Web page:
Today is the feast day of Saint Francis of Assisi, patron saint of animals and the environment. You can read my favorite Saint Francis story in this post about Saint Francis and the wolf.
The following events happened just a few days ago.
On the way to the laundromat to wash my 17-year-old dog’s favorite bed, I saw a dog running down the busy street in the opposite direction. It was a dark grey dog, maybe a hound/pit bull mix, running with that panicked, I’m lost gait. Without thinking, I pulled onto a side street to turn around and fished out the leash I kept in the console. I couldn’t see the dog, but traffic had slowed considerably, and people were honking ahead of me.
I prayed out loud: “God please help that dog! Please get him off the road! Help him Now!” (I had no idea if the dog was a male, but that’s what came out.) Within a few seconds I saw the dog, several cars ahead, make a right turn into an apartment complex. Okay, he’s safe. You have things to do, I told myself. But somehow, my car turned into the apartment complex. He’s not safe; he’s scared. Maybe he’ll come to me, said my other voice, brushing aside thoughts of then what are you going to do if you catch him? I parked my car and started walking through the apartment complex carrying the leash. A guy near the pool house asked if I was looking for a dog.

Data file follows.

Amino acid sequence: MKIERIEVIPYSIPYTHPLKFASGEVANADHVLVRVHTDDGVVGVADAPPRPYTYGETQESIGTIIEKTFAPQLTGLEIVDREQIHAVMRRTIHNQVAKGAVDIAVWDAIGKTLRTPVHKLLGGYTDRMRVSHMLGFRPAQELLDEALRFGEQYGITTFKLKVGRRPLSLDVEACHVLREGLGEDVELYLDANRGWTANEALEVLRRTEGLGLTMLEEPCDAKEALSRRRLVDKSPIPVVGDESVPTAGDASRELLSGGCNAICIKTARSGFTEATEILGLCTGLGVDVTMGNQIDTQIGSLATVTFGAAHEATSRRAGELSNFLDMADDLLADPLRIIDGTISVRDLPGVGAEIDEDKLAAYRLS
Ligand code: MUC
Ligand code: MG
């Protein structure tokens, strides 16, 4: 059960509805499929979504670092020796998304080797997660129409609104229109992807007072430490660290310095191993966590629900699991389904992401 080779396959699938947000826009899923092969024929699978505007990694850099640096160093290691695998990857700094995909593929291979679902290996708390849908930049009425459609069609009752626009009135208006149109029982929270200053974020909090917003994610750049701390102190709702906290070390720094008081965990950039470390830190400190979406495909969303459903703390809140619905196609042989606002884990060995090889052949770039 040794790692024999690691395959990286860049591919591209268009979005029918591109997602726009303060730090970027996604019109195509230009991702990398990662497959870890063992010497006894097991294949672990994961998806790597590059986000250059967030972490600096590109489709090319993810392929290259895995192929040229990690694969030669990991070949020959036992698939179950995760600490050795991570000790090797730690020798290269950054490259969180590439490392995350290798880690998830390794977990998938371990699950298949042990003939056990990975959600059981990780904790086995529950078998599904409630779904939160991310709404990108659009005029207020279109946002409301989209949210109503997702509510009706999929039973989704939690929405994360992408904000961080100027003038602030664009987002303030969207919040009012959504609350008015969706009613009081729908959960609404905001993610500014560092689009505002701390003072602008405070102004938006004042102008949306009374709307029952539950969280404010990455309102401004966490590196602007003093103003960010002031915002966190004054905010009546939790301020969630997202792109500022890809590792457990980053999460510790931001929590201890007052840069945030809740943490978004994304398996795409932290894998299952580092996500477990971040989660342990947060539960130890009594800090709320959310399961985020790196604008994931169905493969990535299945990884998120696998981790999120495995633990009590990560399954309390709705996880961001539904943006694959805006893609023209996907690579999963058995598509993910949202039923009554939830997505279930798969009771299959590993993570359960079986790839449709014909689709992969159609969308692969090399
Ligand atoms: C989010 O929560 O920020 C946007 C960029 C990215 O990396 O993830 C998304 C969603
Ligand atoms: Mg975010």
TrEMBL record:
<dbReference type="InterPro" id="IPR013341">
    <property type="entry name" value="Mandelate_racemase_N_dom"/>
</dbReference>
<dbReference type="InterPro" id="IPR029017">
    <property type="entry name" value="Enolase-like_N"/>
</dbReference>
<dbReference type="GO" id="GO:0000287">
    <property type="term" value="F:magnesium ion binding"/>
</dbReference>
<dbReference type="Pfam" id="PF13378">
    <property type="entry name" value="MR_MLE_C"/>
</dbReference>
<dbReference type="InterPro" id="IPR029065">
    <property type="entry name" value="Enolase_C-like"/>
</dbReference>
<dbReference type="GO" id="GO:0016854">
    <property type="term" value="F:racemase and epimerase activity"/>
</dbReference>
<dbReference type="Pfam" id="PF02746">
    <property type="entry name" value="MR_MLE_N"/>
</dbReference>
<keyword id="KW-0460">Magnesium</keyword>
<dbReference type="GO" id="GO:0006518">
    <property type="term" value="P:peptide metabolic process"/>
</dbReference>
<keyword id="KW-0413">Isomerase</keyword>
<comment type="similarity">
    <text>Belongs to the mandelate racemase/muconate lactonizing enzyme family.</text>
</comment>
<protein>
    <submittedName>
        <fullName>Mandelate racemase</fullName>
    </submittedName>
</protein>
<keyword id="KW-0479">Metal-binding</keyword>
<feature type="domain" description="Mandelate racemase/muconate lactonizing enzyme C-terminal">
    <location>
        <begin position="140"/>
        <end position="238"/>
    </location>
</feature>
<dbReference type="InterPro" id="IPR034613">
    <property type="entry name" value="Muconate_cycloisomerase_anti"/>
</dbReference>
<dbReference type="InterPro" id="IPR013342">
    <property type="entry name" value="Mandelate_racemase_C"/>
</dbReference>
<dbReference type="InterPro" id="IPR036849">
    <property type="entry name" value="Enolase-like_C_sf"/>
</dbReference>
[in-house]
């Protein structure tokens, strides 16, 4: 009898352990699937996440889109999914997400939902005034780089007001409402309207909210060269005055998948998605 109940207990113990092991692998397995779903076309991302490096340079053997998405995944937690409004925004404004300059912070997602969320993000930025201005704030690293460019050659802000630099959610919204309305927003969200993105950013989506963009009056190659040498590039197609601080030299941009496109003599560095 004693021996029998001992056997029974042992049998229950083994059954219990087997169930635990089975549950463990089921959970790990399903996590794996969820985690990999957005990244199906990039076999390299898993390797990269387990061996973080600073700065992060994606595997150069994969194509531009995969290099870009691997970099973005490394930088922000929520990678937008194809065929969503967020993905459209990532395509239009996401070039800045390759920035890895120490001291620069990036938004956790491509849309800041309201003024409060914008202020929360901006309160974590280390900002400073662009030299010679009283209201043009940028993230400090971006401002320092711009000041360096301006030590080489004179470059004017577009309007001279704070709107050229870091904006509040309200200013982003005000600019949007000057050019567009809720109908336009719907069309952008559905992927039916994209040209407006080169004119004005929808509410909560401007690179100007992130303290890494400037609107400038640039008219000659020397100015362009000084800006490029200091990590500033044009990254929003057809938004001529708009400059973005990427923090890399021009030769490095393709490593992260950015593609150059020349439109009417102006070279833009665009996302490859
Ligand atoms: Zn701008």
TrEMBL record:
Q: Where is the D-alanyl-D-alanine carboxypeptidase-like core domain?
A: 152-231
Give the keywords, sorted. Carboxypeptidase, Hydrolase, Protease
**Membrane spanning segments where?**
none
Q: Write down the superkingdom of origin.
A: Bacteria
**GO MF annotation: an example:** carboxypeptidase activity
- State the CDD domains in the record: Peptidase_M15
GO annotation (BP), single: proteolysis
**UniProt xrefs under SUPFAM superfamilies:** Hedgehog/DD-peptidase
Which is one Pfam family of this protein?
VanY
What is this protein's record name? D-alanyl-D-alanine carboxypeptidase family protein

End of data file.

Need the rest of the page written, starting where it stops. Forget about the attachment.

“Yeah but it’s not mine. He was running down the street. I thought I might be able to catch him.”
“He went that way,” the pool guy said pointing further into the complex.
I kept walking, past the dumpsters and around a corner, seeing no sign of the dog. He’s gone. Let it go. At least he’s not on the street. Maybe he’ll find his way home, I told myself. But for some reason, I kept walking through the unfamiliar apartment complex.
Then, I saw a young woman walking toward me. She must have seen the leash. “Are you looking for a dog?”
“Yes, but he’s not mine. He was running down the street,” I said pointing in the direction of the busy road.
“He’s in my apartment. He came right to my boyfriend.”
“Oh, good. Thank you. I’m glad he’s safe.”
“I work for a vet,” she said. “I’ll take him into work so see if he has a microchip.”
“Thank you so much for taking him in,” I said bowing slightly with praying hands.
“Thank you for looking for him,” she said.
I walked back to my car feeling grateful that the dog found a safe place and someone in a position to help him, and that I’d kept walking long enough to find that out.
Back in my car, I said to God, “I didn’t mean to be rude with that, now! part.
God just smiled.
(The photo from pixabay reminded me of the dog.)
Happy Saint Francis Day!
This picture is from the book Saint Francis of Assisi, A Life of Joy,
by Robert F. Kennedy, Jr.